Dolphin fishing should remain good for a week or so. Bailers will the most prevalent with a few gaffer size dolphin, as well. Bottom fishing for grouper, tilefish and triggers will continue to be good for those wanting to deep drop baits. Wahoo, yellowfin and blackfin tuna will be caught, but not in the numbers we saw early in the summer. Wahoo fishing gets better as the summer moves on. There is always a chance at a billfish with sailfish being the most common, but blue marlin and white will be seen.
Oregon Inlet: Offshore
The tuna bite is slowing but still very good. Bailer dolphin and wahoo will help fill the box as well. Late July is the start to some great bill fishing. Sailfish will the most common. Blue marlin are the top dogs of the billfish world, and releasing one is highly prized. White marlin are showing up mixed in the with the other billfish. If a boat catches all three species of billfish — blue marlin, sailfish, white marlin — in a day, it is called a grand slam. Grand slams are not rare, but they are not a weekly occurrence
Oregon Inlet: Nearshore
King mackerel fishing has been good, but they do move around and some day have been hard to fine. Spanish mackerel are providing anglers with great eats. Small false albacore are starting to show and bite Spanish mackerel gear. The big red drum continue to make their sporadic appearances around Oregon Inlet.
Hatteras Inlet: NearShore
Bluefish and Spanish continue to be the main fare for trollers along the beaches outside of Hatteras Inlet. Big redfish are always a possibility around the inlet and Cape Point.
On all of the piers on the northern beaches and Hatteras Island, croakers, Spanish, spot and bluefish should all be available. Strong southwest winds can make the ocean water cold and this will slow the action. Bottom fish are taken on fresh shrimp and blood worms fished on a top and bottom rig. Most piers sell fresh bait and tackle and help with the right rig section.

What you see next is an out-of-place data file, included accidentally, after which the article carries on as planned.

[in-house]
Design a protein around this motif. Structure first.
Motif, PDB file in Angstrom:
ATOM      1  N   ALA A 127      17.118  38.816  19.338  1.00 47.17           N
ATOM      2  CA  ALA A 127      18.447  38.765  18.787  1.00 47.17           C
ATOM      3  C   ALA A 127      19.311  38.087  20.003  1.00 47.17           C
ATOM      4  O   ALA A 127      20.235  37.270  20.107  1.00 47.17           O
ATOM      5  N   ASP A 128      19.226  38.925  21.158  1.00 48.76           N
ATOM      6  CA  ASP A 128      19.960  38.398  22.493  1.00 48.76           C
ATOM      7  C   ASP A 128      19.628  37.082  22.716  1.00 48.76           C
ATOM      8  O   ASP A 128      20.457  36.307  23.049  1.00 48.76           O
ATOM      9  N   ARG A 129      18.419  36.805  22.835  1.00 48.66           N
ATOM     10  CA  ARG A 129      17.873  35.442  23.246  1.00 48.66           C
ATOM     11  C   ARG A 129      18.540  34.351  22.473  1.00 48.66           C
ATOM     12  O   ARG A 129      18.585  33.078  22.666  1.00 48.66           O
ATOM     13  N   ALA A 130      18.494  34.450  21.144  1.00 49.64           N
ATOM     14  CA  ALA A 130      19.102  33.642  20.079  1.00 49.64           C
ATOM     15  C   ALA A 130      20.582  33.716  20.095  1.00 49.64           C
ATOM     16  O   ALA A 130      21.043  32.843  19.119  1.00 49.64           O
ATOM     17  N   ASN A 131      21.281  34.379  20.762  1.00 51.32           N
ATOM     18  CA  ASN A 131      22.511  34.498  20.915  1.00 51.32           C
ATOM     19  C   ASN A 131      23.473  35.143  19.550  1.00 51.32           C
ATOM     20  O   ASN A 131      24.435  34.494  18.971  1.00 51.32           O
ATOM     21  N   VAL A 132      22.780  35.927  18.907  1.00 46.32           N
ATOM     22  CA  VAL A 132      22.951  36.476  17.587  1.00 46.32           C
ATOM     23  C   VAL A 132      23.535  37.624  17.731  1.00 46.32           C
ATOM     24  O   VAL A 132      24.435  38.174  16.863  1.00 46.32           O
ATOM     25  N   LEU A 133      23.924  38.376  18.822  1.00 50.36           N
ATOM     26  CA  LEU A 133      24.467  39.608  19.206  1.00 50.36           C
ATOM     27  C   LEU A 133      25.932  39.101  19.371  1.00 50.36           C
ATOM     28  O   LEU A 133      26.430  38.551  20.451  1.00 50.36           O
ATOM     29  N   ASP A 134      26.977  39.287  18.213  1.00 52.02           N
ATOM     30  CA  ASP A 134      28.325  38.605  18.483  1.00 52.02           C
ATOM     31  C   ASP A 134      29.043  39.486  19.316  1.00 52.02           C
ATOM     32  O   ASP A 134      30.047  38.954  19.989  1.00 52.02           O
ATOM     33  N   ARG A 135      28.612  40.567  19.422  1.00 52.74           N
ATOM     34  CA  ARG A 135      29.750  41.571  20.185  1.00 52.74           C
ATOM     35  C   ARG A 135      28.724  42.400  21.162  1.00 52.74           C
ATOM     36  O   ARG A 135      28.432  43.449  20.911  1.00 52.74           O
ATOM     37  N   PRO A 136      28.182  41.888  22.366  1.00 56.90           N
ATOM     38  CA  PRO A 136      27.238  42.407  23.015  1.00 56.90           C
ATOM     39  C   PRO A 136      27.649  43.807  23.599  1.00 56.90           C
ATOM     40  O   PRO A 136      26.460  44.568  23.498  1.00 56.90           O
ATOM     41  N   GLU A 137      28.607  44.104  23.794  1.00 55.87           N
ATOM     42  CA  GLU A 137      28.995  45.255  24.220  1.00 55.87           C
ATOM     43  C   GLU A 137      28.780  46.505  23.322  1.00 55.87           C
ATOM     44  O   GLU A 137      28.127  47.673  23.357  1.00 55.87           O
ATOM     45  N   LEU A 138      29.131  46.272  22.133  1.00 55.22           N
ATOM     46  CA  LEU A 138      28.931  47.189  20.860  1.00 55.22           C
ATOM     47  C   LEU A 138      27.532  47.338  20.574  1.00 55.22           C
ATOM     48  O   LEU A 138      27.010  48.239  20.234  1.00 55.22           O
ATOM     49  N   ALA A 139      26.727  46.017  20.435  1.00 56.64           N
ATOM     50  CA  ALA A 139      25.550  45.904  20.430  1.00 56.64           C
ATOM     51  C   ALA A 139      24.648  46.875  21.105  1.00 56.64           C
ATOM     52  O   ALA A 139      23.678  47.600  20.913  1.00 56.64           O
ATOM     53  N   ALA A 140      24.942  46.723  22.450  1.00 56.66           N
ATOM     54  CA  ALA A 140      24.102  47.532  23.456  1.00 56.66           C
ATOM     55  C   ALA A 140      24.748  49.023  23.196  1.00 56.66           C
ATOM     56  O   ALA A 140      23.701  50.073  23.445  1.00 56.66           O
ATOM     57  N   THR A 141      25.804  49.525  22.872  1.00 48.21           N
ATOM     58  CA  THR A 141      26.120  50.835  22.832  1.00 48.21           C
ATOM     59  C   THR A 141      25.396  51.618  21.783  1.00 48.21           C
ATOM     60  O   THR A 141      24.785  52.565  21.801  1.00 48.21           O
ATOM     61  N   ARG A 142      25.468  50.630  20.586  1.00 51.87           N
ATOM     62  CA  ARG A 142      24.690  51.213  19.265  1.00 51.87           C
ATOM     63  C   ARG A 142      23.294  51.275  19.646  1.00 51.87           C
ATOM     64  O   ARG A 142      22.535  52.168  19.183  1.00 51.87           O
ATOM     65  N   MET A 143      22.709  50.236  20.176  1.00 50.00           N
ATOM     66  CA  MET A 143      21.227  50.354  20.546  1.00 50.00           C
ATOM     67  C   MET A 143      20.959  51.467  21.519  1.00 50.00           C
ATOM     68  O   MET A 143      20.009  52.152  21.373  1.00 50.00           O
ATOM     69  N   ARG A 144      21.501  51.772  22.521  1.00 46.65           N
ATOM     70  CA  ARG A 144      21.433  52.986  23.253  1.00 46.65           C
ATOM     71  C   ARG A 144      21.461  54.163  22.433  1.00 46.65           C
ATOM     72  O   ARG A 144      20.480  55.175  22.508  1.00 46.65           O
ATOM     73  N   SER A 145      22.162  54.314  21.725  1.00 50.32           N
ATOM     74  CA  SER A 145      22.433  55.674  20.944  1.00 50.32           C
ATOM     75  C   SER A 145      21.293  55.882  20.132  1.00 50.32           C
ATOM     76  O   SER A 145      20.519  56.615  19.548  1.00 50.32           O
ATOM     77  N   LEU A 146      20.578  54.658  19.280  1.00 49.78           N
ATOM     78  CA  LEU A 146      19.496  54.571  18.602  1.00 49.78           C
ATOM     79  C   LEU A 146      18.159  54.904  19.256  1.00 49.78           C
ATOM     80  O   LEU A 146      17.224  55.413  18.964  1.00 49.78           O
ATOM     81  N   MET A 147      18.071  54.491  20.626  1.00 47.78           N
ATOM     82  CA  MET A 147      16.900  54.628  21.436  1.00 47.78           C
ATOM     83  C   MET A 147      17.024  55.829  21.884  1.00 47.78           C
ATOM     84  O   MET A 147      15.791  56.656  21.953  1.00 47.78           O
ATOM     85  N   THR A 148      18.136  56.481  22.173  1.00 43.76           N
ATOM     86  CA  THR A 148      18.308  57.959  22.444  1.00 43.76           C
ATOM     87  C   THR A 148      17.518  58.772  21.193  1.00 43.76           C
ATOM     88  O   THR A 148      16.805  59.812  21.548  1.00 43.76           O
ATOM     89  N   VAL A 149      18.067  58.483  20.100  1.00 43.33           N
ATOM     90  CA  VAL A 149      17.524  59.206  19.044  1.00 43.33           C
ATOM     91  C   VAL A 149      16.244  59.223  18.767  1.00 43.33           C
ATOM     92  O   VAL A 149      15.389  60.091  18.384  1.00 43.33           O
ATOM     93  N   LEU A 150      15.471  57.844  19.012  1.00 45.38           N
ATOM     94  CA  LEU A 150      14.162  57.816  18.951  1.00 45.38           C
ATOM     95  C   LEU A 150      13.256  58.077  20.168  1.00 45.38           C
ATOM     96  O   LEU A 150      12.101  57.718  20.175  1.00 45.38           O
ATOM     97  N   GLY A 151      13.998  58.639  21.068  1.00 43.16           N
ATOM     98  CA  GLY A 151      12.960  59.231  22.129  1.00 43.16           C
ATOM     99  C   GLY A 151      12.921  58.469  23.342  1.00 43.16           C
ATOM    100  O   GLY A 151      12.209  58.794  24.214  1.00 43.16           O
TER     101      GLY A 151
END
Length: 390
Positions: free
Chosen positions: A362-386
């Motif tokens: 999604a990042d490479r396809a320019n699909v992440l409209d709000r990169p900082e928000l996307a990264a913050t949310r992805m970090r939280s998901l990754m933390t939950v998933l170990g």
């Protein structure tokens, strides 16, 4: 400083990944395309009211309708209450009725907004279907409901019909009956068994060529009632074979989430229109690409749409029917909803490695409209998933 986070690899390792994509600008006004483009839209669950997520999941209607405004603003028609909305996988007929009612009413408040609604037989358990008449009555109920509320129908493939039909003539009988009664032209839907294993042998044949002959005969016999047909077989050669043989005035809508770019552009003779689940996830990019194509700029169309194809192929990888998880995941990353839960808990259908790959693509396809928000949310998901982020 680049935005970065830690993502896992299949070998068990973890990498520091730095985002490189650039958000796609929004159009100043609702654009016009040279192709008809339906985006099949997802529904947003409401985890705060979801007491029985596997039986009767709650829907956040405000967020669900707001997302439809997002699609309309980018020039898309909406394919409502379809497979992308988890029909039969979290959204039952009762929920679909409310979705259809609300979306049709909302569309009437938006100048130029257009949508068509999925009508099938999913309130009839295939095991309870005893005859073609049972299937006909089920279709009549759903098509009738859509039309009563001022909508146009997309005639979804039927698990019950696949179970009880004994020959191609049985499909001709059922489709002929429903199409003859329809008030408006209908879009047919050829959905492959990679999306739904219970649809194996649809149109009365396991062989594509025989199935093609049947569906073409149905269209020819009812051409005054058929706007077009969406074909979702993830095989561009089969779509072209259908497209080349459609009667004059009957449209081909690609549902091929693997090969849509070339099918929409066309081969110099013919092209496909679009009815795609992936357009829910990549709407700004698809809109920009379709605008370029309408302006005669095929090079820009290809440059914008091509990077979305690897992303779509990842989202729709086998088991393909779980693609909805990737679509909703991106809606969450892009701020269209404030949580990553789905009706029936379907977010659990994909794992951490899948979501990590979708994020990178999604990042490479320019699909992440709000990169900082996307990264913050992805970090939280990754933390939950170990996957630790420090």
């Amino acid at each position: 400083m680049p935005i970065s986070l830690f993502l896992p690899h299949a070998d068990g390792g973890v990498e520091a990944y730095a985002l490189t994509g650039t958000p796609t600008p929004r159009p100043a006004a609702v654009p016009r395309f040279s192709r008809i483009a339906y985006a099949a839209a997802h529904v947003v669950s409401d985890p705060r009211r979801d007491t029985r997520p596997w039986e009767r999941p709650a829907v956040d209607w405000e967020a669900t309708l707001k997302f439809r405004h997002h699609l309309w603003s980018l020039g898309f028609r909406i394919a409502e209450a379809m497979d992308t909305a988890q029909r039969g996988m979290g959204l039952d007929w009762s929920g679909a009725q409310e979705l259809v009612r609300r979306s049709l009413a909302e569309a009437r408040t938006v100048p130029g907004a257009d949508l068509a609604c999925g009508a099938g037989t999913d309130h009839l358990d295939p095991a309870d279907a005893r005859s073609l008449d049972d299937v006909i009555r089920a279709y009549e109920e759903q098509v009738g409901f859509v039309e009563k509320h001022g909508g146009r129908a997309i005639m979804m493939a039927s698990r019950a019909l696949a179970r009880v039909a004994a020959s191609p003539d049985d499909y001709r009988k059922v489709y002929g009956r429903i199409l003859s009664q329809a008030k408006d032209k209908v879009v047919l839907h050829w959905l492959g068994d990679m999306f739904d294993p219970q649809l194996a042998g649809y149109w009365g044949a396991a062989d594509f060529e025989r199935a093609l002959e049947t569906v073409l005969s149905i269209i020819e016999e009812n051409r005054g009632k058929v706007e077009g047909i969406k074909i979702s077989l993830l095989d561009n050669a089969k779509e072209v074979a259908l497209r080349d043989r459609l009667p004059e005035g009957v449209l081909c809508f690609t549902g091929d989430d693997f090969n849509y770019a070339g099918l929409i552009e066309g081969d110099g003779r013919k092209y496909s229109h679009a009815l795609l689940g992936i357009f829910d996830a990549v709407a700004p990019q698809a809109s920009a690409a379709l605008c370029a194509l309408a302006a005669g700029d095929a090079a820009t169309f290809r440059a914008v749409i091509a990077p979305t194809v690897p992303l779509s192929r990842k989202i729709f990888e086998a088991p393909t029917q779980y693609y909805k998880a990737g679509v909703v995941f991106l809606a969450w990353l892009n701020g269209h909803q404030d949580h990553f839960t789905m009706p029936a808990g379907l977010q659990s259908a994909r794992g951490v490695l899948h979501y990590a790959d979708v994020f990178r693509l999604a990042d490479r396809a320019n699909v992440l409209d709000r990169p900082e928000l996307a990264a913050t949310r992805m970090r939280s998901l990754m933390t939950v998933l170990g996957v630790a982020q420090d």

In the Sand: Surf action
Surf fisherman on Hatteras are finding pompano, sea mullet, bluefish and the scattered flounder. All of these fish are taken with bottom rigs and fresh bait, such as shrimp, sand fleas or cut mullet.
Surf fisherman on the northern beaches are catching the much the same species as on the southern beaches. But like the piers on the northern beaches, fishing can be greatly effected by water temperatures. Anglers afoot on the northern beaches should check out the little bridge on the causeway to Manteo. This water is in the Roanoke Sound, so the temperature will remain normal, even during strong southwesters.
Hatteras Sound Report
Fisherman fishing the waters behind Hatteras Inlet have reported good puppy drum fishing most of the summer and, hopefully, it will continue for the rest of the summer. Speckled trout fishing has heated up with some great catches being made.
Speckled trout fishing has been very good this summer and should continue. If you are looking for speckled trout, mornings are much preferable before the water temps heat up with our summer sun. The head boats are catching croakers, pigfish and the occasional flounder. Head boats are a great way to take a kid on his first charter. Head boats trips are 4 hours and have cabins and shade to get out of the sun. Each head boat carries two to three mates to help you out and show you the ropes.
North Carolina requires a Coastal Recreational Fishing License for freshwater and saltwater fishing.
Most charter boats have blanket fishing licenses that cover all of their anglers, but check in advance to be sure. Annual or 10-day licenses are available at ncwildlife.org, at many local tackle shops (see the list online) or by calling (888) 248-6834 (8 a.m.-5 p.m. Monday through Friday).
To see the most recent size and bag limits go to http://portal.ncdenr.org/web/mf/. On the right side under Hot Topics click on “Recreational Size and Creel Limits.”
Get outside and enjoy the fishing, and remember that the supply is not endless — so only harvest what you need.
Capt. Brian Horsley is recognized as pioneer of salt water fly fishing in the Mid-Atlantic region. A published author and photographer, he and his wife, Capt. Sarah Gardner, own and operate Outer Banks Fly Fishing and Light Tackle Charters (outerbanksflyfishing.com).